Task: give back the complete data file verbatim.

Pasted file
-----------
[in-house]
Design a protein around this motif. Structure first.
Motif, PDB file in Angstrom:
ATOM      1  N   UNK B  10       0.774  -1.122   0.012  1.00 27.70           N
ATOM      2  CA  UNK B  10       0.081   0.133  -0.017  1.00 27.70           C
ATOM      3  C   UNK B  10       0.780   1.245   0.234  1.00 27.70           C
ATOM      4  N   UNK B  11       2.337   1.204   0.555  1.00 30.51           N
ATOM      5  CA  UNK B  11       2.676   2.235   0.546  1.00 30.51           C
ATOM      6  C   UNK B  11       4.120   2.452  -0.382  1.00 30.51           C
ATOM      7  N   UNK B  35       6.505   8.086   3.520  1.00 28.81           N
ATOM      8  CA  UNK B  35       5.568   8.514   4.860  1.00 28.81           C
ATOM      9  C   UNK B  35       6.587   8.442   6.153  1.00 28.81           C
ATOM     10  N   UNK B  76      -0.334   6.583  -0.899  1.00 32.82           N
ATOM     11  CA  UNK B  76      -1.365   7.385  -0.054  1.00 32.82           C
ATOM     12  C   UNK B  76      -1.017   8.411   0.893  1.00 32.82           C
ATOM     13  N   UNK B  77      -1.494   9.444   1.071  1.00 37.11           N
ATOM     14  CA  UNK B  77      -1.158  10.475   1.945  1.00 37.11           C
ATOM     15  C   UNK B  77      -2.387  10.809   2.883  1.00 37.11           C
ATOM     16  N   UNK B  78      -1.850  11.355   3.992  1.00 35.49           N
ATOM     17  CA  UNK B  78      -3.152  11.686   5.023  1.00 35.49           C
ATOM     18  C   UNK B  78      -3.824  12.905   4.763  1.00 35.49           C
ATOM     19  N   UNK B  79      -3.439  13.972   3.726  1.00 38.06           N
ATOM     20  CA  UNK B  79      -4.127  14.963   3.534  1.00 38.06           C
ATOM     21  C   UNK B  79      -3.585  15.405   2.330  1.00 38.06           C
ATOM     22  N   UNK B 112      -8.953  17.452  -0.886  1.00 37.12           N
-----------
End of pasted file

[in-house]
Design a protein around this motif. Structure first.
Motif, PDB file in Angstrom:
ATOM      1  N   UNK B  10       0.774  -1.122   0.012  1.00 27.70           N
ATOM      2  CA  UNK B  10       0.081   0.133  -0.017  1.00 27.70           C
ATOM      3  C   UNK B  10       0.780   1.245   0.234  1.00 27.70           C
ATOM      4  N   UNK B  11       2.337   1.204   0.555  1.00 30.51           N
ATOM      5  CA  UNK B  11       2.676   2.235   0.546  1.00 30.51           C
ATOM      6  C   UNK B  11       4.120   2.452  -0.382  1.00 30.51           C
ATOM      7  N   UNK B  35       6.505   8.086   3.520  1.00 28.81           N
ATOM      8  CA  UNK B  35       5.568   8.514   4.860  1.00 28.81           C
ATOM      9  C   UNK B  35       6.587   8.442   6.153  1.00 28.81           C
ATOM     10  N   UNK B  76      -0.334   6.583  -0.899  1.00 32.82           N
ATOM     11  CA  UNK B  76      -1.365   7.385  -0.054  1.00 32.82           C
ATOM     12  C   UNK B  76      -1.017   8.411   0.893  1.00 32.82           C
ATOM     13  N   UNK B  77      -1.494   9.444   1.071  1.00 37.11           N
ATOM     14  CA  UNK B  77      -1.158  10.475   1.945  1.00 37.11           C
ATOM     15  C   UNK B  77      -2.387  10.809   2.883  1.00 37.11           C
ATOM     16  N   UNK B  78      -1.850  11.355   3.992  1.00 35.49           N
ATOM     17  CA  UNK B  78      -3.152  11.686   5.023  1.00 35.49           C
ATOM     18  C   UNK B  78      -3.824  12.905   4.763  1.00 35.49           C
ATOM     19  N   UNK B  79      -3.439  13.972   3.726  1.00 38.06           N
ATOM     20  CA  UNK B  79      -4.127  14.963   3.534  1.00 38.06           C
ATOM     21  C   UNK B  79      -3.585  15.405   2.330  1.00 38.06           C
ATOM     22  N   UNK B 112      -8.953  17.452  -0.886  1.00 37.12           N